Councilman David Oh thinks Philly loses influence in Harrisburg because city officials must resign their seats if they want to campaign for any posts other than their own.
That “resign-to-run” clause in the city’s decades-old Home Rule Charter means a councilman must quit his job if he wants to campaign for mayor or Congress or governor. In fact, the way the charter is written, any municipal employees, elected or nonelected, who want to seek any other positions must resign first.
There are plenty of examples of resign-to-run requiring early departures from office. When Michael Nutter was a city councilman, he left his seat to run for mayor in 2007. Jason Dawkins, a nonelected aide to City Councilwoman Maria Quinones Sanchez (D-7th dist.), recently quit his job so he could challenge state Rep. James Clay (D-179th dist.) in the May primary.
Resign-to-run was considered good city government when it became law in 1951, Oh, an at-large Republican, told members of the Millbrook Civic Association on Jan. 28. But, for Philadelphians, “It reduces the volume of our voice and the power of our vote” in the larger political arena.
The result after more than 60 years is that Philadelphia, whose economy drives the state’s, is under-represented in state government, he said. “Philadelphia does not have the clout that it should have,” Oh said.
Philadelphia public officials who eye state, federal or other city seats don’t like the risk involved. Or the loss of income. A city official who quits to run for another office takes a gamble because he or she will be out of work and out of luck if the election is lost.
There are examples of that, too. One of the most outstanding goes all the way back to the early 1980s when Jimmy Tayoun, a very popular South Philadelphia Democrat, resigned his City Council seat early in a new term to run against U.S. Rep. Tom Foglietta. Tayoun lost, and he lost again when he tried two years later.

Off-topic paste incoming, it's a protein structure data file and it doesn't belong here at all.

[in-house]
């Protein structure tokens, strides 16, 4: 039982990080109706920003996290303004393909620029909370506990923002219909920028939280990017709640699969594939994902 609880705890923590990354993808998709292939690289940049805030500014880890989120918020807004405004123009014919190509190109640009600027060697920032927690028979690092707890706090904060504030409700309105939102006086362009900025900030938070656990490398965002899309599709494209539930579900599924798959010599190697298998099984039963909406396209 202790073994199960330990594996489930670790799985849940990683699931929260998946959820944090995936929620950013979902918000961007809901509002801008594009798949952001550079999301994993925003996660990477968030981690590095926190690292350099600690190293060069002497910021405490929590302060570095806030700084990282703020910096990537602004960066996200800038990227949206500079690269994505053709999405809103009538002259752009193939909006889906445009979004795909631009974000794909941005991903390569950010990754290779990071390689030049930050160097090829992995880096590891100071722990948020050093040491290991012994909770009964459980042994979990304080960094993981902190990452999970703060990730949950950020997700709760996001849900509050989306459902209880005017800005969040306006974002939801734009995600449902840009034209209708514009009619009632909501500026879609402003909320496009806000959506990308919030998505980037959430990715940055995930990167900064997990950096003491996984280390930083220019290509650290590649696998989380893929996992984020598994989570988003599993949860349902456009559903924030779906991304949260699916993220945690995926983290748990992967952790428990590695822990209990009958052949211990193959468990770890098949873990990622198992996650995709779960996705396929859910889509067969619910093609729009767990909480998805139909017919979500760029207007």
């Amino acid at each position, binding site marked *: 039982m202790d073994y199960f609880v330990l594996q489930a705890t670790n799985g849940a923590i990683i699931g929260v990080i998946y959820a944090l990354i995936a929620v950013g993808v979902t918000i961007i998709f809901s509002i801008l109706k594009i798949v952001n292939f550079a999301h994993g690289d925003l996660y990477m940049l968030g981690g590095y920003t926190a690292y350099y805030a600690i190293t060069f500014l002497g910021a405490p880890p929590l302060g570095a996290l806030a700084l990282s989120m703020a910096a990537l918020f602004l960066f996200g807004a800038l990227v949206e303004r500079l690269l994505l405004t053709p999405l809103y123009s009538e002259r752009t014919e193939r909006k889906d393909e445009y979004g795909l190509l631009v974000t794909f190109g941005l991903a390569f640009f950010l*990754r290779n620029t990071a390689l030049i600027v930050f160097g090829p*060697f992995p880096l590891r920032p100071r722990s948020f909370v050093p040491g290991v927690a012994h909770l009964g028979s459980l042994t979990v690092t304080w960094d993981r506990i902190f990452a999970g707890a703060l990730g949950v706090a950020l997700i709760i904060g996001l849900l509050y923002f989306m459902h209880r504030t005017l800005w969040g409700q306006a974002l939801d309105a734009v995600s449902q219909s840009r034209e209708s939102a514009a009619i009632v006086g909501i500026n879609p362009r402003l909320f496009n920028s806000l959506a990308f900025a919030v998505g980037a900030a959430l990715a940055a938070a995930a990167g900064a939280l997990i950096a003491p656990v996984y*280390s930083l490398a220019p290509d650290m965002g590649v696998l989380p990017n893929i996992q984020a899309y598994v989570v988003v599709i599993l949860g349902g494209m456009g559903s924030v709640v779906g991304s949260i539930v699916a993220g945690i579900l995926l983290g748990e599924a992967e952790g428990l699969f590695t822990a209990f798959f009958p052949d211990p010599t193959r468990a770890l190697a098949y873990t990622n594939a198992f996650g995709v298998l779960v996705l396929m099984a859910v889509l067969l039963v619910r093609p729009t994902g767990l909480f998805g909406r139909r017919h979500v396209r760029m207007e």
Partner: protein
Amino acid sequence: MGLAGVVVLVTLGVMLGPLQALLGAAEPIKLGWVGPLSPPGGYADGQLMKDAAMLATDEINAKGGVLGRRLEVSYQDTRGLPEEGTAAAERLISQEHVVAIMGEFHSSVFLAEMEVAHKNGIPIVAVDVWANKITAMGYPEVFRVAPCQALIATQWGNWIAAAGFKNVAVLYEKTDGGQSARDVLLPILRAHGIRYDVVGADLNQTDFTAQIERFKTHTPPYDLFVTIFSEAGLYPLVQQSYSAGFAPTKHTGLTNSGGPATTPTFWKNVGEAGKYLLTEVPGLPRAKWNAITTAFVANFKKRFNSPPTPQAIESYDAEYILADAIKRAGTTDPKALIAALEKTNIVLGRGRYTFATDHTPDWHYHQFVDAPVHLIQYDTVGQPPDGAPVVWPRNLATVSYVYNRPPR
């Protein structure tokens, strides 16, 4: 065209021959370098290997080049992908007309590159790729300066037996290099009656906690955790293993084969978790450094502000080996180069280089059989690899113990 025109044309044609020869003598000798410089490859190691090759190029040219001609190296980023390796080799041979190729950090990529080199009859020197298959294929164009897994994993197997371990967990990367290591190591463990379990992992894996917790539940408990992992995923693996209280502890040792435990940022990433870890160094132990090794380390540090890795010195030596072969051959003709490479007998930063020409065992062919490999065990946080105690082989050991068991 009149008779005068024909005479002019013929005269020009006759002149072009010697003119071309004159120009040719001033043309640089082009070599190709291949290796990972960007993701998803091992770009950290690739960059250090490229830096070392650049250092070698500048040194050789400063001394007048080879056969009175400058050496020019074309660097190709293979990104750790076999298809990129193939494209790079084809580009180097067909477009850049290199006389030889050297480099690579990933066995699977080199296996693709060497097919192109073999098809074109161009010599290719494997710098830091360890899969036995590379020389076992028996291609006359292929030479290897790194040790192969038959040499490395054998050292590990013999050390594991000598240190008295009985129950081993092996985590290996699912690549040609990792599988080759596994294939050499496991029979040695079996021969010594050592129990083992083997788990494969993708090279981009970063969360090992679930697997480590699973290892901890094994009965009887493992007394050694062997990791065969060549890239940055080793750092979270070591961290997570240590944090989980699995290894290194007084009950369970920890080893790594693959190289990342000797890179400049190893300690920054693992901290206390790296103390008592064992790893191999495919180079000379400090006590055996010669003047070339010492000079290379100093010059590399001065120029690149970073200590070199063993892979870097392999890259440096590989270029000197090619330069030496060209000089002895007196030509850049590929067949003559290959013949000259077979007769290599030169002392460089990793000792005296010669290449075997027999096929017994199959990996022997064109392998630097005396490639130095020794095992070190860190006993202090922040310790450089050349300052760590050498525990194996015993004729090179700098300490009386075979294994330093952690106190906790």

Also, Oh said, state or federal officeholders are not subject to the same rule. A state representative from Philadelphia, for example, is not a municipal employee and, therefore, doesn’t have to quit his or her job to go after another. Brendan Boyle did not have to resign his state House seat to run for Congress this year.
There are resign-to-run regulations in 45 states, Oh said Jan. 28. Philadelphia has the strictest, he added.
Voters have a chance to change that charter provision in the upcoming May primary election, the freshman councilman told the small Millbrook gathering at the Calvary Athletic Association on Deer Path Lane.
In December, City Council passed an Oh-introduced resolution to put the charter-change question before voters. The measure had nine co-sponsors. The election watchdog group The Committee of Seventy and other media reported Nutter opposes the change. State officials, the group reported, might likely oppose the charter change, too, because the current regulation works to their advantage by keeping down competition from city officeholders.
Taking some of the risk out of running for state office will involve more Philadelphians in state politics, and that’s good for the city, Oh said.
“It does us a disservice not to have Philadelphians on that [state] ballot,” Oh said.
The question before voters this spring involves only elected officials, not other municipal employees, Oh said.
If the charter had been changed in this way before Nutter decided to run for mayor, he wouldn’t have had to resign, but Dawkins still would have had to quit his City Hall job.
The charter change wouldn’t allow city officeholders to seek two seats at the same time, Oh said. That’s something other elected officials can do. Brendan Boyle, for example, is running for Congress and his state House seat in the same election this year.
Also, the question posed on the ballot states that the change won’t kick in until after the 2015 election.
Voters shot down a similar ballot question in 2007, 55-45 percent, The Committee of Seventy reported. ••